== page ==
7 Ways to Add to Your Holiday Income
By Katie Meier
November 5, 2009
We just entered November. Meaning, we're all already behind on Christmas shopping, Thanksgiving planning and any other number of holiday activities. And with each new part of the holiday seasons comes more stuff you have to buy—even if you're the best at being frugal you know, you probably see your expenses go up this time of year. So we can all use a little help in finding some extra holiday money. Especially, if you're one to consider the couch a main artery in the heart of your yearly income. Fear not: if you've searched endlessly for other options, the suggestions below might be an additional boon to your income.
Take a Kitchen on the Road
For the minimal cost of time, labor, and ingredients, you can whip up a batch of Great Aunt Mildred's Colossal Cookies and get something in return. Set up shop near a local swap or flea market, or sell foodstuff on the local garage sale circuit. If you're not the type to hail from a culinary-inclined family, you can take the "Little League" route and stock up on standard Saturday-type items from your local Super-Mart, and then simply mark up on each. Cold cans of pop and the promise of pre-packaged sweets has had the suburban set for years, as moms, dads, daughters and the occasional passersby fill park after park each weekend to follow the sporting achievements of their family and friends. Because these sporting adventures often star athletes as young as four, the sports are turned into slow-paced spin-offs of the originals, leaving families everywhere stuck to the sidelines for what can seem like days. Be advised, dire thirst and hunger can follow such events; just set yourself up in a space that takes advantage.
Gross but Good for Something
Though the sight of blood, or any other bodily fluid, is enough to send the squeamish running from the room, those who can stand the heat can get out of the kitchen with some cash. By donating to those in need, through the Red Cross and others, you can get paid and someone else can get, well, lots of things. Someone needs the blood and plasma you can spare. To donate is to allow others to heal, recover well in surgery or other situations. So while others say "gross," you can say "sign me up for some extra cash and perhaps some O.J. and cookies on the house."
Tried, True and Worth Something to Someone: JunkIt's been said before, and we'll say it again: One person's junk is another person's treasure. Of course we've all seen the suits, books, blenders and old baby toys for sale each weekend at neighborhood garage sales. But some of this junk can go farther in cyber space, reaching out to those who simply can't live without—and will pay a bundle for—the plastic Pillsbury Dough Boy you sent away for so long ago after seeing the ad on the side of that Poppin' Crescents container. Internet auction sites such as eBay make this process easy, as they allow you to photograph your junk and post it online for public consumption. The highest bidder wins, paying you a tidy little sum, and then you send him or her the Pillsbury Dough Boy figurine of his or her dreams.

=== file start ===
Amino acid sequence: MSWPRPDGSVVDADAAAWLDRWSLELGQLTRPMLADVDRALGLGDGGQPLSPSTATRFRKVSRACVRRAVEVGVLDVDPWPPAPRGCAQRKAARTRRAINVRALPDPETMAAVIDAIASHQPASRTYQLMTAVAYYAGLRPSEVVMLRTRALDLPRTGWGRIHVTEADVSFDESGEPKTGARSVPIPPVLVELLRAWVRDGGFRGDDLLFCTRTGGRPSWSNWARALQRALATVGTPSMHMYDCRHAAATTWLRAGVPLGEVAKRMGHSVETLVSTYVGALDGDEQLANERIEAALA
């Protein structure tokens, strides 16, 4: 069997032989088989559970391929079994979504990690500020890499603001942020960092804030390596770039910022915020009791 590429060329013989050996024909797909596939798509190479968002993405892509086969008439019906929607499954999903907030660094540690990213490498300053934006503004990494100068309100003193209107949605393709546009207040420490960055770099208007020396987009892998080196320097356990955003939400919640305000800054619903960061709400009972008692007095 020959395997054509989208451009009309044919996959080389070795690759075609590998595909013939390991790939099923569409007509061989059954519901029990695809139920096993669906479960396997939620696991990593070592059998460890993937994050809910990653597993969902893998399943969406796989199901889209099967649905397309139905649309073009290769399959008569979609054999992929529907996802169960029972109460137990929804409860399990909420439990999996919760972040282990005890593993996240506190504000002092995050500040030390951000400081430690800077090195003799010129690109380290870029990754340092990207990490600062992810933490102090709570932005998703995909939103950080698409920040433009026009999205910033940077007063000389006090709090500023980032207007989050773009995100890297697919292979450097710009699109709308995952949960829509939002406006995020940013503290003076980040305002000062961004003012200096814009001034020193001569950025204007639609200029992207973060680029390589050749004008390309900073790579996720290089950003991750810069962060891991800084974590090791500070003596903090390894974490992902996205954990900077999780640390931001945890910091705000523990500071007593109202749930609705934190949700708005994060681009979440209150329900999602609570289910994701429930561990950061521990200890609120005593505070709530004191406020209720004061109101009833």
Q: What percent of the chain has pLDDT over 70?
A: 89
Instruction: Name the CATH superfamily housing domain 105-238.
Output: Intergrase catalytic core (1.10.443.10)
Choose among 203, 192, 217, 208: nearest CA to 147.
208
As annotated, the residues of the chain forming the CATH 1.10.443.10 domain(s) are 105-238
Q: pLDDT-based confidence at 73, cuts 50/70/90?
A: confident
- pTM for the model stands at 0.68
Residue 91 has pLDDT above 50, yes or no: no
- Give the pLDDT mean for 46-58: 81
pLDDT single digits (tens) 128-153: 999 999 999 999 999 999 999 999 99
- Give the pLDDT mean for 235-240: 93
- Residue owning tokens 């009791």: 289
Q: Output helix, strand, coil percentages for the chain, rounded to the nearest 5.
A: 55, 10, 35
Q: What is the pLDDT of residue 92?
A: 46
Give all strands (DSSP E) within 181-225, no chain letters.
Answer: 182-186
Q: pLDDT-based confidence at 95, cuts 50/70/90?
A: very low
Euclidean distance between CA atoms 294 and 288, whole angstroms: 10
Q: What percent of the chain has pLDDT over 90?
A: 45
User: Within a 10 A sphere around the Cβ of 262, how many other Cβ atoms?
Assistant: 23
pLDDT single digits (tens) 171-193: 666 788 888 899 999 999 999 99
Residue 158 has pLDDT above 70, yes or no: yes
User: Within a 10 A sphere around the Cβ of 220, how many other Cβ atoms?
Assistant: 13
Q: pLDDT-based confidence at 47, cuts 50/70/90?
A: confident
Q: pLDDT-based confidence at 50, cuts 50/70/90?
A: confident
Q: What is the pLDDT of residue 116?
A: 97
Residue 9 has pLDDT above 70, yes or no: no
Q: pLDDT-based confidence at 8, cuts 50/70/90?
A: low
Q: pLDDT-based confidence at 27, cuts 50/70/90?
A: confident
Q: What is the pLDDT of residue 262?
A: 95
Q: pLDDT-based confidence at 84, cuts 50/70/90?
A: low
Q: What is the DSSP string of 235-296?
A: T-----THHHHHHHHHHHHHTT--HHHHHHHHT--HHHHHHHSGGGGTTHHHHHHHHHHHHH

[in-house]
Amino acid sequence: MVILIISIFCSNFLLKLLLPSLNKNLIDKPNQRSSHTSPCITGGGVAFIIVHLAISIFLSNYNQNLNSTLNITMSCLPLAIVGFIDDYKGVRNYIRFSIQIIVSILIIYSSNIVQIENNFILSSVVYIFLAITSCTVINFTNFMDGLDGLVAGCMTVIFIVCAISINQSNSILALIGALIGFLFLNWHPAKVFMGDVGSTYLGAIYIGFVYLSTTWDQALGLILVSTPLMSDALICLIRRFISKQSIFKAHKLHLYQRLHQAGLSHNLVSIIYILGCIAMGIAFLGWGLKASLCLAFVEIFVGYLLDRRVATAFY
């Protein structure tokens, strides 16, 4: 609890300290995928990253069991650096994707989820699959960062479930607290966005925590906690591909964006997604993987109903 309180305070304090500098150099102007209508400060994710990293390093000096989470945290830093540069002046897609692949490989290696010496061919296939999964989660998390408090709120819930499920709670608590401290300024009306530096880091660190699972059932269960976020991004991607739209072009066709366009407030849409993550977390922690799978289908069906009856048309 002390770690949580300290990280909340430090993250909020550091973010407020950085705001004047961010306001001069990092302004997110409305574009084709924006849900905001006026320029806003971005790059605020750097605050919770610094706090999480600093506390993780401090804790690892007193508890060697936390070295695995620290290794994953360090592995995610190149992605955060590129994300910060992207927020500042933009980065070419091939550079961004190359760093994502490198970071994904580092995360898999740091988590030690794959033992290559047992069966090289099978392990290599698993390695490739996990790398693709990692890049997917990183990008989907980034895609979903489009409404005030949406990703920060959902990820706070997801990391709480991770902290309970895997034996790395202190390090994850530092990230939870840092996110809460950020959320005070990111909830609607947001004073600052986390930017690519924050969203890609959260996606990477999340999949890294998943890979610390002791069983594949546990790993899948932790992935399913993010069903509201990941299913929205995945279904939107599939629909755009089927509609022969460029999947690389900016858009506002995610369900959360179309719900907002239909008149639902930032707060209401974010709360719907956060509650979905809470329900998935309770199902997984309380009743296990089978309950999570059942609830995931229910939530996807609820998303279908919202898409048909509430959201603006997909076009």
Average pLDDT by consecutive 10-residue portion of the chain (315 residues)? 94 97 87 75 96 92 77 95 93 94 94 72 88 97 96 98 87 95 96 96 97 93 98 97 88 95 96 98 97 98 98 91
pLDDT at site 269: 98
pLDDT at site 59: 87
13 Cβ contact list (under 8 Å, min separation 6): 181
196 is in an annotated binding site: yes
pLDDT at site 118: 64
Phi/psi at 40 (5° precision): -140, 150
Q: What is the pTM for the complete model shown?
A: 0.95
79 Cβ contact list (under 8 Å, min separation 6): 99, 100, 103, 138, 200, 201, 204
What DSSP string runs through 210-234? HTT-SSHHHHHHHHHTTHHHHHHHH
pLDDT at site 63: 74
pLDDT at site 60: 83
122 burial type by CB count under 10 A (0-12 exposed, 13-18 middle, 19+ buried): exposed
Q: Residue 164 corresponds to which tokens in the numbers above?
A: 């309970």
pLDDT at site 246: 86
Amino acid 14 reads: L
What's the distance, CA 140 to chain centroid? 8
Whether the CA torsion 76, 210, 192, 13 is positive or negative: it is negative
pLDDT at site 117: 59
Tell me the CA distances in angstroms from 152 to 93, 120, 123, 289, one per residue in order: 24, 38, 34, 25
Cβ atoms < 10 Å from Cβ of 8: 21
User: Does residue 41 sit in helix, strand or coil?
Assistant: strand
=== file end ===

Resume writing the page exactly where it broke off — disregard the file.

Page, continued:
Sit Through a Bunch of Bull
You'll find yourself saying, "No thanks," all day long, but you'll come out ahead if you can just hold out long enough to collect on your investment. From timeshare plans to all-inclusive vacation packages, people long to pay for a willing audience to hawk their products. One-day and weekend sales seminars can bring profit to those who attend for nothing more than an investment of time and patience. Though the profit you'll likely make will be paid in trade or comps at local businesses and restaurants, an outing to a sales pitch featuring freebies can be an interesting change from starting with lots and ending with none as you spend a day or night on the town.
Sell Your Notes
Have organizational skills at hand? You may be able to make some money by doing something you already do—take notes. Collegiate disability resource centers often help students in need by featuring a note-taking service that allows students more time to concentrate on the lecture because someone else took all the notes. Be this person and you can turn time you have to spend in class anyway into a profit-making venture. Check the center on your campus for specifics, but nearly all centers require this type of service and are willing to send money your way if you'll volunteer to simply do what you already do, plus a bit of Xeroxing.
Get All Medieval on 'Em
Just because it isn't the year of our Lord A.D. 53 and you don't know anyone named Geoffrey of Clairvaux doesn't mean the barter system is dead. Cheap income can come in trade, from CDs to clothes to books to old band equipment. Take the items you'll never use again and swap them out at various stores for a new round of delights. Also, consider trading services. Look decidedly modern by getting truly old school about it, and trade your skill set for another for which you'd have to pay. Fix some one's piano in return for two week's worth of fresh baked bread, or offer computer consulting for a swap on a repair for that clunkity-clunk noise your car keeps making. And, keep in mind the trade-for-play idea if you're into sports or other adventure outlets. Mind a bike shop for free, get a spot on their cross-country trek of canyons in America, or get yourself on the green of your dreams by offering to caddy for free a few days a week on that course.
Get your car to work for you by charging for carpool service. Play the old recycle game—get cash on your empties. Work overtime, after all you're already there. Play all the games you can. Clip and (try to) win on every wrapper, box, bag and container you come across. Go out and ask. Imagine if everyone you know would "Just play along" and give you one dollar.